The Sample: In celebration of Black History Month, Through the Gates' shorts, The Sample, sat down with Maria Hamilton Abegunde to discuss how the intersections of past and present, trauma and healing, influence the ways we, "witness and testify to lived experiences..." Among a wide array of accomplishments and experiences, Dr. Abegunde is an award-winning poet, the founding director of The Graduate Mentoring Center, and a visiting faculty member in the Department of African American and African Diaspora Studies. She is a memory keeper, and author of one collection of poetry and two poetry chapbooks.
This week, we’ll hear from Michael Adams, Provost Professor of English at Indiana University, and author of “In Praise of Profanity” (Oxford University Press, 2016).
Adams sees “In Praise of Profanity” as a continuation of 2009’s “Slang: The People’s Poetry.” In it, he argues that profanity is not only oversimplified as being taboo, it is also valuable and essential as a vehicle of communication and an element of style.
Adams is an English language historian and a frequent contributor to various dictionaries and academic journals. Though his published articles often explore arcane aspects of language, he also writes books aimed at broader audiences. They include “Slayer Slang: A ‘Buffy the Vampire Slayer’ Lexicon” and “From Elvish to Klingon: Exploring Invented Languages.”
Rafat Ali came to study new media at IU in the heat of the dot-com boom. By the time he graduated, the bubble had burst. Yet, Ali managed to enter and excel in digital media, founding paidContent, ContentNext and Skift. In this episode, he talks with Dean Shanahan about how he did it.
In episode 81, Dean Shanahan speaks to Paula Apsell and Doug Hamilton—producers of PBS’s critically acclaimed science series Nova—about the show's climate change programming and learning how to educate their audiences on the facts.
Emmy-winning environmental photographer James Balog shares with Dean Shanahan harrowing stories of mountaineering and the keys to creating new narratives about the environment. Balog is the founder of the Extreme Ice Survey and the Earth Vision Institute, and his latest film, "The Human Element," explores how humanity affects and is affected by earth, air, fire and water. He has spoken at the White House, in the U.S. Congress, at NASA, and is widely known for his popular TED talk "Time-Lapse Proof of Extreme Ice Loss."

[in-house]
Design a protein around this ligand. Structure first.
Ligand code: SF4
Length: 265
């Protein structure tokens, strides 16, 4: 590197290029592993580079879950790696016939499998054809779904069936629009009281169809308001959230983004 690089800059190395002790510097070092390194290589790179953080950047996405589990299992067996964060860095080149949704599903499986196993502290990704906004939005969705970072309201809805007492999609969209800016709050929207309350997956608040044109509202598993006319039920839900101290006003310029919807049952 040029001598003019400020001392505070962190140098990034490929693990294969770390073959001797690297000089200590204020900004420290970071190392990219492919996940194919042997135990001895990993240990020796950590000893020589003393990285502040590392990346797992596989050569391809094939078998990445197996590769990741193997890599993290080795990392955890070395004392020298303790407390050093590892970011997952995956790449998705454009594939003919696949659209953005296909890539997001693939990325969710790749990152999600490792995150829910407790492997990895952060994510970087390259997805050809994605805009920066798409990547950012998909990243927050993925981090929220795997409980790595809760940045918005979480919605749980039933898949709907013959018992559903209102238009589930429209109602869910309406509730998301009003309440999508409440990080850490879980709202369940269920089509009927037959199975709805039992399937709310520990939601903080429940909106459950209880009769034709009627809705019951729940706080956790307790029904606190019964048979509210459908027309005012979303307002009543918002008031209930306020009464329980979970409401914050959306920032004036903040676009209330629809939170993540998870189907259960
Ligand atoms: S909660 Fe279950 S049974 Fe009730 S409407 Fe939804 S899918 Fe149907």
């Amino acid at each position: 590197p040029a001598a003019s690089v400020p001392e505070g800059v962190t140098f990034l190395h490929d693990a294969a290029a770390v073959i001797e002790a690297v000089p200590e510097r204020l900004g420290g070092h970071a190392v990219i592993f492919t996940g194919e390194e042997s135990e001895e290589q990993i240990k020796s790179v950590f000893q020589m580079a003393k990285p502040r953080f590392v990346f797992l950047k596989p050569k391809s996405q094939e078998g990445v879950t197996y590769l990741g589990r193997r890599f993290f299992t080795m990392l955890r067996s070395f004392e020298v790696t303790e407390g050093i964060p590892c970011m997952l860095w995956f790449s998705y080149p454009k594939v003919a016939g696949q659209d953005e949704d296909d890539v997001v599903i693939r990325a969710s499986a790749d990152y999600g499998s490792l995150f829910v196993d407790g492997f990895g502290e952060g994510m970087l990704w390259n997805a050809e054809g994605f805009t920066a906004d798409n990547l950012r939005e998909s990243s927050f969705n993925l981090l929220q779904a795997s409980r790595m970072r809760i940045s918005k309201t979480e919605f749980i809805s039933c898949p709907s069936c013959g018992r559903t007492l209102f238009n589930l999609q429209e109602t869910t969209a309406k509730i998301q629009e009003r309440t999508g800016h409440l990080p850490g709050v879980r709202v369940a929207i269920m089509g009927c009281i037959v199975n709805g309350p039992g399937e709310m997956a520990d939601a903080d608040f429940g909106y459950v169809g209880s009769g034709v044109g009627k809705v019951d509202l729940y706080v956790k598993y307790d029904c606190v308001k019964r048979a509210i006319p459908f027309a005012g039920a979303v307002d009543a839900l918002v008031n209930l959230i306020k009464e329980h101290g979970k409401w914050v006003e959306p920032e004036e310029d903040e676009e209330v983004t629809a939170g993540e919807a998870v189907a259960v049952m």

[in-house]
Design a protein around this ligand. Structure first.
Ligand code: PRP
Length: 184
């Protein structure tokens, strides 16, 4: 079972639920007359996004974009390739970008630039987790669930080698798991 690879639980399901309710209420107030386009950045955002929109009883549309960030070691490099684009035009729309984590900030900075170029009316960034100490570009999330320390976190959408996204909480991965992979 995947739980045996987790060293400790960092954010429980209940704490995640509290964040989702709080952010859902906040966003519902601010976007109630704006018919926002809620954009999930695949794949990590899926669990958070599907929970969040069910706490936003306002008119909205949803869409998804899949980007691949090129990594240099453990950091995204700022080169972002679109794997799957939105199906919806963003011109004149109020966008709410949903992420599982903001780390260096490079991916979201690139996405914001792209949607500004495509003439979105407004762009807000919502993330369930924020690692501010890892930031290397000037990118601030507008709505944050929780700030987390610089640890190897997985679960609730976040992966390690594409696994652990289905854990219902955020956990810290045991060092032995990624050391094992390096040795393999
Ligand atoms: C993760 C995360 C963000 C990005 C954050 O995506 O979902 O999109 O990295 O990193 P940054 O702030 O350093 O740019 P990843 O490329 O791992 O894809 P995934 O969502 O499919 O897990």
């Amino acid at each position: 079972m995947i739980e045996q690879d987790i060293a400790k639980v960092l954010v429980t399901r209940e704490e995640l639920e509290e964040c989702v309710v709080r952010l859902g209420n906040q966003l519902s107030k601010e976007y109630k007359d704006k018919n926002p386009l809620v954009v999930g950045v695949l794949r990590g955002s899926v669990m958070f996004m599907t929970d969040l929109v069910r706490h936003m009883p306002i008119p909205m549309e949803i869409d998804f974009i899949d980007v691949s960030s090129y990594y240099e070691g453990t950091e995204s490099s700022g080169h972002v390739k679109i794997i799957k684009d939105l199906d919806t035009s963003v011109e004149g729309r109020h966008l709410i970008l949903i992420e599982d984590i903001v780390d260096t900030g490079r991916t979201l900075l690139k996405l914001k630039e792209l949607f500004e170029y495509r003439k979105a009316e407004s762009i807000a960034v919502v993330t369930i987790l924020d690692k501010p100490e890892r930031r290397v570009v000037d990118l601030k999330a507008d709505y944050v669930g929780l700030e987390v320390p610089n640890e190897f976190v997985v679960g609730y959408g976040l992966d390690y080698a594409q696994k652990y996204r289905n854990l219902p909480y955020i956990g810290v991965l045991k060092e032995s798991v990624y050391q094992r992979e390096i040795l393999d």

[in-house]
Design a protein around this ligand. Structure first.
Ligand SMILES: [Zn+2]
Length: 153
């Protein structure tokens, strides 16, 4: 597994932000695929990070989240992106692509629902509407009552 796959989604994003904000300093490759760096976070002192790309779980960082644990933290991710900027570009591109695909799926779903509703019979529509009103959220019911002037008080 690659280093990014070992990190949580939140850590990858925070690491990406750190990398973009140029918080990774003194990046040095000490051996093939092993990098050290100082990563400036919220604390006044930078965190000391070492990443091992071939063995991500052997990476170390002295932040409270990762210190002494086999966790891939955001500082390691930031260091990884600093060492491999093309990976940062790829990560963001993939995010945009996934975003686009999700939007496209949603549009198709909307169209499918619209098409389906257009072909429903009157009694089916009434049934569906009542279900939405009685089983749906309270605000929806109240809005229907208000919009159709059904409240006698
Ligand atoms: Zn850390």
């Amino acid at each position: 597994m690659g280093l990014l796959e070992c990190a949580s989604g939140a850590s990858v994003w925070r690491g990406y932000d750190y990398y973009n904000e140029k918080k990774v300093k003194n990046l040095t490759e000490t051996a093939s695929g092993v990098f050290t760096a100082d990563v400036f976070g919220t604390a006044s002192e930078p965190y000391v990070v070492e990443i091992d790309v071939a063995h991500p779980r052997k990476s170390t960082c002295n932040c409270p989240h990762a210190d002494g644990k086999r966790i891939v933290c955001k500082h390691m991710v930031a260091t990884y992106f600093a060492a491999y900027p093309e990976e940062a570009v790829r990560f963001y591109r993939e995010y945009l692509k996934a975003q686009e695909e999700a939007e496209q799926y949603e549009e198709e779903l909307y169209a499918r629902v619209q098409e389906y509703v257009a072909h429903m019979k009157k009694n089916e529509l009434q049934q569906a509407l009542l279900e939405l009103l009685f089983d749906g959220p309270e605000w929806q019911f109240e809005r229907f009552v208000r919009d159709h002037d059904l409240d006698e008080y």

In our first episode of Season 6, The Media School's Dean Jim Shanahan sits down with Hussein Banai, assistant professor at the Hamilton Lugar School of Global and International Studies.
Banai's new book, "Hidden Liberalism
Burdened Visions of Progress in Modern Iran," describes the ways that liberal political ideals appear in the country, and what their influence might mean for Iran's future.
The two discuss the book, modern Iran's political sphere, and how it may affect international relations in the future.
Film and television star Jonathan Banks joins Jim Shanahan on this week's episode of Through the Gates.
In his nearly fifty years as an actor, Banks has been cast in a wide range of roles, but is most notable for his performances on "Breaking Bad," "Better Call Saul" and "Wiseguy." He's also appeared in several films, including "Airplane!" and "Beverly Hills Cop."
In today's conversation, Banks will share his journey from the streets of Washington D.C. to the silver screen in Hollywood by way of Indiana University.
Bass, Jennifer, Sanders, Stephanie, Shanahan, James
Hundreds of same-sex couples throughout the state share one of two anniversaries: June 25 and 26, 2014. In this episode, makers of IU's "Just Married" podcast, Jennifer Bass and Stephanie Sanders, talk about why these two days in June matter, the history and laws surrounding marriage equality in the U.S., and how they're sharing the love stories of same-sex Hoosiers on their journeys into marriage.
Through the Gates host Janae Cummings opens season 3 with W. Kamau Bell—sociopolitical comedian, podcaster, author, and Emmy Award-winning host of the CNN docu-series United Shades of America. Bell visited the Indiana University Bloomington campus to speak at the university's annual Martin Luther King Jr. Celebration Leadership Breakfast.
In episode 85, Janae Cummings speaks to Noah Bendix-Balgley, first concertmaster of the Berlin Philharmonic and a graduate of IU's Jacobs School of Music. As the Wells Scholars Program professor, Bendix-Balgley recently visited Bloomington to lead an honors interdisciplinary colloquium for undergraduate students on "Art Music in the Contemporary World: An Exploration of Emerging Models."